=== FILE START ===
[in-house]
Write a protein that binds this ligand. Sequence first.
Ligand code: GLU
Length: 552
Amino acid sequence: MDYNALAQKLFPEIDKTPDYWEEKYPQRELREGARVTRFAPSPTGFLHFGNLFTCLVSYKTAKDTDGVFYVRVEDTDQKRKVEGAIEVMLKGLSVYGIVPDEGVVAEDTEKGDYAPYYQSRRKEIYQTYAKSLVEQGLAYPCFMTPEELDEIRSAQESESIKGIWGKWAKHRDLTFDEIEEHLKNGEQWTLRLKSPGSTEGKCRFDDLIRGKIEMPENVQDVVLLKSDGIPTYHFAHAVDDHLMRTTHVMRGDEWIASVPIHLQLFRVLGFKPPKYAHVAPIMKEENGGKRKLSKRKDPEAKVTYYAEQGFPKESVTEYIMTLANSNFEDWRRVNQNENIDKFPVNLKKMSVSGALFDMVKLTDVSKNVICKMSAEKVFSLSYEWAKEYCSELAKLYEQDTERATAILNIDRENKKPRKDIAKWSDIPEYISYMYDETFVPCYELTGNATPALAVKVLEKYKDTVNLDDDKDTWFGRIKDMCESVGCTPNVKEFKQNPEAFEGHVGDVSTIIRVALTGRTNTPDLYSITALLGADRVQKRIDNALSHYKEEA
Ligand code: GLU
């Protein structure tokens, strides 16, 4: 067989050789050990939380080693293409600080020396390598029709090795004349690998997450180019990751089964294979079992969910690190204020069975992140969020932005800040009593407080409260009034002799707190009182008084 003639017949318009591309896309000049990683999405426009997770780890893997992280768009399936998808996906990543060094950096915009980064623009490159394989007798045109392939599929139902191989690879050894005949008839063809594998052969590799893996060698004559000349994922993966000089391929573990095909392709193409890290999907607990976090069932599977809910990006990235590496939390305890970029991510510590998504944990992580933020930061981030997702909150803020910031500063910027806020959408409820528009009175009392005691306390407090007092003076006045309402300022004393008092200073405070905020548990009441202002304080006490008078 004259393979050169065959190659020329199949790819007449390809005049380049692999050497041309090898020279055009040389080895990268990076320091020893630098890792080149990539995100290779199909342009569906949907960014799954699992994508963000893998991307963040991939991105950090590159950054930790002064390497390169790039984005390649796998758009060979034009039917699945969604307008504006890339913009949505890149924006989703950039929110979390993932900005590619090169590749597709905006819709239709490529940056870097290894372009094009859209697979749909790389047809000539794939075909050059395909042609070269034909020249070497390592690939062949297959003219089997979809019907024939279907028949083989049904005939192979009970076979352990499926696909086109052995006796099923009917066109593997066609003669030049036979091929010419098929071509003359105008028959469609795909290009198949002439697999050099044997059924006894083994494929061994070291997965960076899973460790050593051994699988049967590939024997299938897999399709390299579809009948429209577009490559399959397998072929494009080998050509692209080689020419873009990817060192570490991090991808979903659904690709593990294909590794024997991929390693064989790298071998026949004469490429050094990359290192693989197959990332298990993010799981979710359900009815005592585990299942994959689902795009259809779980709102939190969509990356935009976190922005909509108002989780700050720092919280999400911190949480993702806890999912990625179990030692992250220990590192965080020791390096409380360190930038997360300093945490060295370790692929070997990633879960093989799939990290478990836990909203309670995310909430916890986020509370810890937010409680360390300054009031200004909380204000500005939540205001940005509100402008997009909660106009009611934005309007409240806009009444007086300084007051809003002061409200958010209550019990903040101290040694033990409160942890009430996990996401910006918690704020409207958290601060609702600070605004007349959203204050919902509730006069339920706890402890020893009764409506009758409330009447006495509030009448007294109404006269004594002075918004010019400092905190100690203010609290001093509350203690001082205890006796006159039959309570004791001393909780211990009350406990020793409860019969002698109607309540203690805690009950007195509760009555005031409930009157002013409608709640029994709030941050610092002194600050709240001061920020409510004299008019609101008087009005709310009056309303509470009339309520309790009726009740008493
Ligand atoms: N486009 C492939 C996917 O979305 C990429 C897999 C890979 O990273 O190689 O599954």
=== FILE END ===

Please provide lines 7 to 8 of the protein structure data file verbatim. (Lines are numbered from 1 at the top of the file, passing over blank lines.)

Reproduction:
């Protein structure tokens, strides 16, 4: 067989050789050990939380080693293409600080020396390598029709090795004349690998997450180019990751089964294979079992969910690190204020069975992140969020932005800040009593407080409260009034002799707190009182008084 003639017949318009591309896309000049990683999405426009997770780890893997992280768009399936998808996906990543060094950096915009980064623009490159394989007798045109392939599929139902191989690879050894005949008839063809594998052969590799893996060698004559000349994922993966000089391929573990095909392709193409890290999907607990976090069932599977809910990006990235590496939390305890970029991510510590998504944990992580933020930061981030997702909150803020910031500063910027806020959408409820528009009175009392005691306390407090007092003076006045309402300022004393008092200073405070905020548990009441202002304080006490008078 004259393979050169065959190659020329199949790819007449390809005049380049692999050497041309090898020279055009040389080895990268990076320091020893630098890792080149990539995100290779199909342009569906949907960014799954699992994508963000893998991307963040991939991105950090590159950054930790002064390497390169790039984005390649796998758009060979034009039917699945969604307008504006890339913009949505890149924006989703950039929110979390993932900005590619090169590749597709905006819709239709490529940056870097290894372009094009859209697979749909790389047809000539794939075909050059395909042609070269034909020249070497390592690939062949297959003219089997979809019907024939279907028949083989049904005939192979009970076979352990499926696909086109052995006796099923009917066109593997066609003669030049036979091929010419098929071509003359105008028959469609795909290009198949002439697999050099044997059924006894083994494929061994070291997965960076899973460790050593051994699988049967590939024997299938897999399709390299579809009948429209577009490559399959397998072929494009080998050509692209080689020419873009990817060192570490991090991808979903659904690709593990294909590794024997991929390693064989790298071998026949004469490429050094990359290192693989197959990332298990993010799981979710359900009815005592585990299942994959689902795009259809779980709102939190969509990356935009976190922005909509108002989780700050720092919280999400911190949480993702806890999912990625179990030692992250220990590192965080020791390096409380360190930038997360300093945490060295370790692929070997990633879960093989799939990290478990836990909203309670995310909430916890986020509370810890937010409680360390300054009031200004909380204000500005939540205001940005509100402008997009909660106009009611934005309007409240806009009444007086300084007051809003002061409200958010209550019990903040101290040694033990409160942890009430996990996401910006918690704020409207958290601060609702600070605004007349959203204050919902509730006069339920706890402890020893009764409506009758409330009447006495509030009448007294109404006269004594002075918004010019400092905190100690203010609290001093509350203690001082205890006796006159039959309570004791001393909780211990009350406990020793409860019969002698109607309540203690805690009950007195509760009555005031409930009157002013409608709640029994709030941050610092002194600050709240001061920020409510004299008019609101008087009005709310009056309303509470009339309520309790009726009740008493
Ligand atoms: N486009 C492939 C996917 O979305 C990429 C897999 C890979 O990273 O190689 O599954």